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Can a Photon be thought of as a bit?

  1. May 5, 2013 #1
    A photon is emitted and then absorbed. And since a photon travels at the speed of light, time does not exist. So that should mean that a photon is in either a state of emission or a state of absorption.

    Doesn't that make a photon a type of bit?

    Furthermore - if there is no time involved then would it be correct to say that a photon ican be in both states (Emission and Absorption) at the same time? Wouldn't it also make a photon a Qbit?
  2. jcsd
  3. May 5, 2013 #2


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    Absolutely not. A photon has wavelength and that can't be represented as a binary quantity.
  4. May 5, 2013 #3


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    Emission and absorption are not quantum states.

    You should also not attempt to transform to the photon frame to arrive at the conclusion that a photon has "no time involved".

  5. May 5, 2013 #4
    If you recall intrinsic properties of photons, such as charge, mass and spin, ARE observables...as with matter particles......so that is an indicator 'time does not exist' is an oversimplification .....Somebody even said 'Eternity is not time at all for a photon.' Better to say time is not defined.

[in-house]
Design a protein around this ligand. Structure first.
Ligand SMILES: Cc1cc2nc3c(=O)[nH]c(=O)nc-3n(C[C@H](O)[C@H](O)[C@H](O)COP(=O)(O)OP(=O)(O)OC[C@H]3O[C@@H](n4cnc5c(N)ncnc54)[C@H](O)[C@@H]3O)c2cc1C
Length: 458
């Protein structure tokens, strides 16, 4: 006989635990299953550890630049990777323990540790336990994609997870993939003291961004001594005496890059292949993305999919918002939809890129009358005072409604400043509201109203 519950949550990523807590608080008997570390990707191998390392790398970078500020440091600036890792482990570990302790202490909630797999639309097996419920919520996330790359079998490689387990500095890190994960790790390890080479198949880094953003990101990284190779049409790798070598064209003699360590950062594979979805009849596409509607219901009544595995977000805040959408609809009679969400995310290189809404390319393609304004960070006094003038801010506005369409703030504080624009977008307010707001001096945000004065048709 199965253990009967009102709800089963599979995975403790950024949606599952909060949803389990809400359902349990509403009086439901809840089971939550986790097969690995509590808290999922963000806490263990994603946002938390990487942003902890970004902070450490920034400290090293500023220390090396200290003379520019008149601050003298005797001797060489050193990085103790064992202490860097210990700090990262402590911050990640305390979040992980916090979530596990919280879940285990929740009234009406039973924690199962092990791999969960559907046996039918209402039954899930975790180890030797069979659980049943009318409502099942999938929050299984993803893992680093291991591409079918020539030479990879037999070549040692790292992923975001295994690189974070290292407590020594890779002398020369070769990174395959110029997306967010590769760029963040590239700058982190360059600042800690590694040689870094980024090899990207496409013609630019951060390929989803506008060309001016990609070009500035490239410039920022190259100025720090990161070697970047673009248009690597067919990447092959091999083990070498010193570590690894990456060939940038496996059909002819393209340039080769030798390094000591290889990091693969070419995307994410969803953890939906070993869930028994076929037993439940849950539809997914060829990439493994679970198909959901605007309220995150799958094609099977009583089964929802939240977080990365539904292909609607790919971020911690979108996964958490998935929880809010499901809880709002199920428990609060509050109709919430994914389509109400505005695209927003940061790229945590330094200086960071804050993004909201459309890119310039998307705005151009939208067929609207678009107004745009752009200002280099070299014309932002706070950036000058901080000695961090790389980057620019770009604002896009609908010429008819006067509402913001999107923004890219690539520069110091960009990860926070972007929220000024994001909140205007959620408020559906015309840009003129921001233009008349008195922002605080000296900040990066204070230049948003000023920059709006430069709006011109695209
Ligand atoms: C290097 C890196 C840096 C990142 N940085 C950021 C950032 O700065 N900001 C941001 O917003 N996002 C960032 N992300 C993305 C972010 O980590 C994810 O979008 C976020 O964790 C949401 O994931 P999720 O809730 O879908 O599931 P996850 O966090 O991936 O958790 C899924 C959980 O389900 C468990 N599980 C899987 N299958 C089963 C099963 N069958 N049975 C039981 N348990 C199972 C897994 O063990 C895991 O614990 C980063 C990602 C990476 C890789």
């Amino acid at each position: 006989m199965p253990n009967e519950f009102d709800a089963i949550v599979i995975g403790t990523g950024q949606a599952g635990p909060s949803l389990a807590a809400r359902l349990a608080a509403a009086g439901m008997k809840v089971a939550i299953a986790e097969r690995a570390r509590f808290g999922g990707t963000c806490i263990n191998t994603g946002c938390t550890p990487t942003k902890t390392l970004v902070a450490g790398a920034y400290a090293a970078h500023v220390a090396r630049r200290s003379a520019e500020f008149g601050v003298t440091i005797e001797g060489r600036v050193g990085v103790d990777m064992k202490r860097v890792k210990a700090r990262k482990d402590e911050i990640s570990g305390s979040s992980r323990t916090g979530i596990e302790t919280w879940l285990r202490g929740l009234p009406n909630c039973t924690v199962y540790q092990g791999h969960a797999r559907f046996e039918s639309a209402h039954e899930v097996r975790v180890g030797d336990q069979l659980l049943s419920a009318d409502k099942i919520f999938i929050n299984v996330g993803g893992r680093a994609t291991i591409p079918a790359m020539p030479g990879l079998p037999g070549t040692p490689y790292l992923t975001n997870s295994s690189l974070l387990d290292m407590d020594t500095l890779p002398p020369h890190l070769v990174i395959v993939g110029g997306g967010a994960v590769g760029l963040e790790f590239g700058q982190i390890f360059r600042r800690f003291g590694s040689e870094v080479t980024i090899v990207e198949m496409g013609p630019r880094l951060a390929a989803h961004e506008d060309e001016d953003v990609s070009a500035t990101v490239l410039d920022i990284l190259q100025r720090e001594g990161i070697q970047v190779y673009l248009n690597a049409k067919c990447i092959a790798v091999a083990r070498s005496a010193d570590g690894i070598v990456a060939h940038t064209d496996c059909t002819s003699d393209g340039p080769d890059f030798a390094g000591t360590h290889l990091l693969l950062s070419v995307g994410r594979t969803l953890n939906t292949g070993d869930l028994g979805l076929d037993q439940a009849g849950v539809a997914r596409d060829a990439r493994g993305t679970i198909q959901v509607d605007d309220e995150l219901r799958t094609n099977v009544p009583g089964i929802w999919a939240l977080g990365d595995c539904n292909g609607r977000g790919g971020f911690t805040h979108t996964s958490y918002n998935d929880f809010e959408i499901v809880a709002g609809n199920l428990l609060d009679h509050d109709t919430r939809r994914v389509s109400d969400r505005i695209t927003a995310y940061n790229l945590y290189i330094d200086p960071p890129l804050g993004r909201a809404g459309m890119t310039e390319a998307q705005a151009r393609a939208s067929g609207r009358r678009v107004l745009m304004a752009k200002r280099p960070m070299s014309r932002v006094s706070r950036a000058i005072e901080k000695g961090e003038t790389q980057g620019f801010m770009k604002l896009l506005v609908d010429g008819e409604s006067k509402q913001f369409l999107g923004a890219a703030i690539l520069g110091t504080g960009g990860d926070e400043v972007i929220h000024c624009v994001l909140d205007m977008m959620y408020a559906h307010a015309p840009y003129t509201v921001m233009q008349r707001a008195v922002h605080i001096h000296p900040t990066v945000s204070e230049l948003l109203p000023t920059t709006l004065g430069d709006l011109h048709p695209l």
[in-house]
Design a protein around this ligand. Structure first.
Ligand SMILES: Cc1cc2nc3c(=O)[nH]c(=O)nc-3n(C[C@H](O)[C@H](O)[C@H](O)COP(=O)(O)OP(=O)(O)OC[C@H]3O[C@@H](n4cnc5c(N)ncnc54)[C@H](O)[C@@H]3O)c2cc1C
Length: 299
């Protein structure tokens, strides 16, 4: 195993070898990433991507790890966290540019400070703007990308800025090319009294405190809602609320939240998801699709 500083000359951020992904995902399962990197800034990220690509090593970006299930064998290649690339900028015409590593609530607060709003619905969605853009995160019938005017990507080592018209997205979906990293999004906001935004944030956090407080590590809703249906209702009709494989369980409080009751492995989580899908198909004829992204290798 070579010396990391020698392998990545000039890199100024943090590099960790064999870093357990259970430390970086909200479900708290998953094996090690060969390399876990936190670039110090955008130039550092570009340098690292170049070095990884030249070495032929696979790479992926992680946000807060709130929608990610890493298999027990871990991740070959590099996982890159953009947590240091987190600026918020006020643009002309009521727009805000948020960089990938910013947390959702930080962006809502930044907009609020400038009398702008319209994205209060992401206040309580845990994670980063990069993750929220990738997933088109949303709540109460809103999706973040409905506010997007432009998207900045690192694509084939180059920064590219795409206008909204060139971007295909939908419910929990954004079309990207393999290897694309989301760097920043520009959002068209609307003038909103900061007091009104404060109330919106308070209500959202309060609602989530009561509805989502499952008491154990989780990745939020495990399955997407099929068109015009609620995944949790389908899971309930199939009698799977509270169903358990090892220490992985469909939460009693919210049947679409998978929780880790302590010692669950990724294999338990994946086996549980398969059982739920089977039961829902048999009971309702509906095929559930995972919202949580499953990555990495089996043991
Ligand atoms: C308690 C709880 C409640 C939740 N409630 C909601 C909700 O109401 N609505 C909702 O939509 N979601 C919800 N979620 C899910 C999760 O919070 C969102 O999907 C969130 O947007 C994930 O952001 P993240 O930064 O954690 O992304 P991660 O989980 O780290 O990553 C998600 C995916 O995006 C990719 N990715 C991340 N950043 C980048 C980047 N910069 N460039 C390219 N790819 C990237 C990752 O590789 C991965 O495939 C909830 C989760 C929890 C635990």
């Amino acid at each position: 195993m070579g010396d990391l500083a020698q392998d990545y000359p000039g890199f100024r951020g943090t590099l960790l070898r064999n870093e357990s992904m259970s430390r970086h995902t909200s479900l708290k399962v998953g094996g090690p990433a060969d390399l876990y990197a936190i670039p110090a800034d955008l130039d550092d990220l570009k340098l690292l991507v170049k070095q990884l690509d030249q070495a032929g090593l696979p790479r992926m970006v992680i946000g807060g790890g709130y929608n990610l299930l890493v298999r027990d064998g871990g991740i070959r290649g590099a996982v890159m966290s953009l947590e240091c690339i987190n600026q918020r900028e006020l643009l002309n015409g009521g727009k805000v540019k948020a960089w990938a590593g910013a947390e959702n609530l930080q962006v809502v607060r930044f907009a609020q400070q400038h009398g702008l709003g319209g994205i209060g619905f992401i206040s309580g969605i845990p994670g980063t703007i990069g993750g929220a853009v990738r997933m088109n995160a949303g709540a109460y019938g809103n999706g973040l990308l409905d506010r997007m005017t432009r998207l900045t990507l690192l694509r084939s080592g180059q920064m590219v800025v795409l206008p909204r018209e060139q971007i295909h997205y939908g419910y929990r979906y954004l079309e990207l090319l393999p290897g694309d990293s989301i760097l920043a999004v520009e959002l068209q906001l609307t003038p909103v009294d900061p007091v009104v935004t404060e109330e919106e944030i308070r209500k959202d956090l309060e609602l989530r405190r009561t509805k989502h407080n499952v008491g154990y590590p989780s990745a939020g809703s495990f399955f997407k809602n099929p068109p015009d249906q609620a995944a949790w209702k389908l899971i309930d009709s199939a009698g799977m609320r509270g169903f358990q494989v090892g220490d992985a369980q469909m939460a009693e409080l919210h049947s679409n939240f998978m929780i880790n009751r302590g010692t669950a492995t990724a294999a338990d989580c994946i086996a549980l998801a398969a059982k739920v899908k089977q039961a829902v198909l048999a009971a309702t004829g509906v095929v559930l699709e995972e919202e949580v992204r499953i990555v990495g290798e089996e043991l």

Well, no, but the presence of a photon IS different than the absence or a photon....so THAT information is encoded as with all particles.

    nice try but alas, as you can probably tell, no....that would be too easy....

    I kept a mathematical explanation of 'time does not exist for a photon' posted in these forums, but alas I cannot find it....I will look tomorrow...was from PeterDonis, I believe.
  6. May 5, 2013 #5


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    For a photon, time does not exist? Tell that to the photon that took 8 minutes traveling at the speed of light from the sun to get here. Tell that to the photon that was emitted in the Big Bang and is just now being absorbed 13.8 billion years later. :biggrin:
  7. May 5, 2013 #6
    Relatively- would it seem like 8 minutes or 13.8 billion years to the photon?
  8. May 5, 2013 #7


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    What things might "seem like" to a photon is meaningless. A photon does not carry a pocket watch.

    The quantity called proper time can be defined for particles - it's the time that elapses between two events in the particle's rest frame. But a photon does not have a rest frame, and proper time for a photon can't be defined.

    What does have meaning is the coordinate time in some inertial frame. Yes, it's relative. :uhh: But the elapsed coordinate time between the photon's emission and absorption is what serves to separate the two events.
  9. May 5, 2013 #8
    Related to Bill_k's comment:
    is this, from a prior discussion alluding to spacetime diagrams:

    or equivalently,
    says Roger Penrose in THE ROAD TO REALITY

    Yes, here is the quote I referred to above which I like:
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